By Sun Jiong
How does a state-owned enterprise, which 12 years ago was on the verge of going under, fight back and become a giant in the global sewing machine industry?
In the 1970s and ’80s, the Butterfly sewing machine, Shanggong Group’s flagship product, was a must-have for almost every household in China. However the Butterfly’s popularity didn’t last beyond the mid-1990s, when the high-tech products of foreign manufactures and low-priced ones of private local enterprises jointly stole its thunder. But by 2004, thanks to mergers with several German companies, the Butterfly was among the top three within the industry and its technical capabilities on par with the best in the world. Today its client list is a roster of the world's leading prestige brands, high-end car manufacturers in Europe and the United States, as well as commercial aircraft companies Boeing and Airbus.
In May the CEIBS 2016 Sichuan & Chongqing Entrepreneurs’ Tour took about 60 businessmen inside Shanggong Group, a CEIBS alma mater enterprise, to listen to President Zhang Min (EMBA 2013) share the company’s inspirational story.
Two negatives make a positive
In many ways Shanggong group is a typical listed global company, with highs and lows in its performance over the years. Launched in Shanghai in 1965, it enjoyed nationwide fame during its heyday but began to wane in the face of competition.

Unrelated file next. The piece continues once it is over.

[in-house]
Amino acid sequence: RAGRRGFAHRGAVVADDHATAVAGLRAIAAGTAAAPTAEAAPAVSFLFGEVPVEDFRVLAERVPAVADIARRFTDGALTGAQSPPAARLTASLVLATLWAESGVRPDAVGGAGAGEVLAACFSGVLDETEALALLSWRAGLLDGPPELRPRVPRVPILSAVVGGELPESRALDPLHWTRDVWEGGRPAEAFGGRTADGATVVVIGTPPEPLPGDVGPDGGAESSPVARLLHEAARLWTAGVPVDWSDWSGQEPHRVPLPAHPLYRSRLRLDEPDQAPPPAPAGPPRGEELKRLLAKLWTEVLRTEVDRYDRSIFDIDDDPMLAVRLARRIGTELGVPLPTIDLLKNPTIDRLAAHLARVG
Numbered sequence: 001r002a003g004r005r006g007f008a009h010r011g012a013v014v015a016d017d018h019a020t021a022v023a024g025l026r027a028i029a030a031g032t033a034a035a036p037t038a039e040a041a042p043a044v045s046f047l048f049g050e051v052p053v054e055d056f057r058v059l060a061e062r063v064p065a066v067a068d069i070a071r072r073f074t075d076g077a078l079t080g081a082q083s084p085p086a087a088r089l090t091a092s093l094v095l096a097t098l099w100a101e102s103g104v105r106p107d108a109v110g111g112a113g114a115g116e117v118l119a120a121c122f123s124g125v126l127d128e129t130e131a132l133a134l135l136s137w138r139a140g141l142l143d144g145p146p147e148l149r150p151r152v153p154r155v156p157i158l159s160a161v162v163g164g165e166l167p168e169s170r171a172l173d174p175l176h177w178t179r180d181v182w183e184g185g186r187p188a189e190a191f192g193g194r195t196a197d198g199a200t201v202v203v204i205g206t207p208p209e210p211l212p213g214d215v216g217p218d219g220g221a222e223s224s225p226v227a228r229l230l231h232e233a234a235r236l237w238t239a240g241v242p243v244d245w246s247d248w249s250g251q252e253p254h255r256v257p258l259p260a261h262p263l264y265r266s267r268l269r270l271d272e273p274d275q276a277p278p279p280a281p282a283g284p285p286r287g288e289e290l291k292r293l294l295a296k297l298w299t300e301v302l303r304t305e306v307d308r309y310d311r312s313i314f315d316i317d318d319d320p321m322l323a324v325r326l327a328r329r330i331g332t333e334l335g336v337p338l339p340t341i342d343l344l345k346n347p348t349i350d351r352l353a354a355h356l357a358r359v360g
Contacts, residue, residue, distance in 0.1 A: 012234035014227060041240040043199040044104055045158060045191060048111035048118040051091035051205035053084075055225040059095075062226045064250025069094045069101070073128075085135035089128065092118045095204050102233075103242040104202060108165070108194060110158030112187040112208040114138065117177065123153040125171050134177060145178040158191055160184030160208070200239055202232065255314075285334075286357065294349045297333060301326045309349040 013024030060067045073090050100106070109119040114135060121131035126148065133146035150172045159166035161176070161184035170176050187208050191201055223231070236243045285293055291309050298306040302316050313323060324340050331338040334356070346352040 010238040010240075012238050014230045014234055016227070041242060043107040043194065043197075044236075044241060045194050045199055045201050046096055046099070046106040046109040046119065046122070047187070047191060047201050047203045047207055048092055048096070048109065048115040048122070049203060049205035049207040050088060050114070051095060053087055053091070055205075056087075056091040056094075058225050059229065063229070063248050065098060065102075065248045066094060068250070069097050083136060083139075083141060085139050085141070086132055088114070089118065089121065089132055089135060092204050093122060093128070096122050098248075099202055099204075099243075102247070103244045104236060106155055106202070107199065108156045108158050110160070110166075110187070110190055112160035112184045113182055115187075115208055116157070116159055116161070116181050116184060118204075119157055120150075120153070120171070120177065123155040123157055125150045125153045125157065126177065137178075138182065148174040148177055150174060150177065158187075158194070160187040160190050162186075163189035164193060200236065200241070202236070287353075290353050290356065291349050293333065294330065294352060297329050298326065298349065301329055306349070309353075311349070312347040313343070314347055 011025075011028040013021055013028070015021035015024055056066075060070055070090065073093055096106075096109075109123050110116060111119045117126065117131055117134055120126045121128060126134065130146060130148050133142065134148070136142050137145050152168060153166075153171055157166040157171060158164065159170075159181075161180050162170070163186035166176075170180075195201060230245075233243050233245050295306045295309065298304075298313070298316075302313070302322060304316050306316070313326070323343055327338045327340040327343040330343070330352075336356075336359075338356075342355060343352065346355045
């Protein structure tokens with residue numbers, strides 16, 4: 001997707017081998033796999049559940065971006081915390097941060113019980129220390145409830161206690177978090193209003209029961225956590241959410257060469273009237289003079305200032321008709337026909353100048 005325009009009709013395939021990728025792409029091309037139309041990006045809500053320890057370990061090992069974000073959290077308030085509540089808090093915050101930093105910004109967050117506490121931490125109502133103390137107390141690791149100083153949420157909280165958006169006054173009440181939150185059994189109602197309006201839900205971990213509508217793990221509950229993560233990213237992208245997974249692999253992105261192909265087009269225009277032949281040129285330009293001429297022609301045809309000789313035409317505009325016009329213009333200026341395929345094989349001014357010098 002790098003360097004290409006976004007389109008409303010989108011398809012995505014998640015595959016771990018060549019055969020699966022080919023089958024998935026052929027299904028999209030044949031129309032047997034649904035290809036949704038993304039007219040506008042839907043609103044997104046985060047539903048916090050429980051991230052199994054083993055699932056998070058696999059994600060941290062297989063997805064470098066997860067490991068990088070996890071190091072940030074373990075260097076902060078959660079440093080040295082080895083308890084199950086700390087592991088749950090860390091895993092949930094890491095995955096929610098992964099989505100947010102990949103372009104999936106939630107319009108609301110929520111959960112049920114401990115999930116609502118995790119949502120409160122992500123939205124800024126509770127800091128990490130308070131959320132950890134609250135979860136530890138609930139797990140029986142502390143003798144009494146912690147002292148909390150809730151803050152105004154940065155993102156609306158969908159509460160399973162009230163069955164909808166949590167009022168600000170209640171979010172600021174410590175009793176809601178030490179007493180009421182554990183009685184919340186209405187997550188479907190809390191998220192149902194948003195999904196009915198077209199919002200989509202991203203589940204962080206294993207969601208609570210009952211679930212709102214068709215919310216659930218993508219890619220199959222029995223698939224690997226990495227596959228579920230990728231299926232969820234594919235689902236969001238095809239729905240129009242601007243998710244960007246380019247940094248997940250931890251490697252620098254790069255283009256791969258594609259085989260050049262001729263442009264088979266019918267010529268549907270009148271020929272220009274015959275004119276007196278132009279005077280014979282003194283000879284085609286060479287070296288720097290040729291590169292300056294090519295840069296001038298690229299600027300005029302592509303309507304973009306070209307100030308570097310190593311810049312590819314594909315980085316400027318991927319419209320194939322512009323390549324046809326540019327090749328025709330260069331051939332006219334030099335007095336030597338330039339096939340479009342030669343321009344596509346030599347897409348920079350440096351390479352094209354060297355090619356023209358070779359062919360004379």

"At the time, everyone said that there was no way for the company to survive,” said Zhang. The turning point came when SASAC of Pudong District was named Shanggong’s new controlling shareholder (it originally fell under the Shanghai Municipal Light Industry Authority) and the company’s management team was transferred to Pudong. Zhang, who was then chosen to lead the company, embarked on a global strategy that transformed Shanggong into one of the first movers in China’s light industry. Shanggong also has the distinction of being the only Shanghai-based company to make such significant inroads in the sector.
Today Shanggong is an industry leader both at home and abroad; but it was a hard-fought battle. Throughout its journey, many doubted whether a company often on the verge of bankruptcy could successfully implement a new strategy that had globalisation at its core.
Shanggong’s first acquisition target was DURKOPP Adler, a German company which was also performing poorly. The question was: could they generate a profit by merging two unprofitable entities. Most of the board’s outside directors (those whose only link to the company was their seat on its board) did not agree with the merger; but Zhang was confident it could work.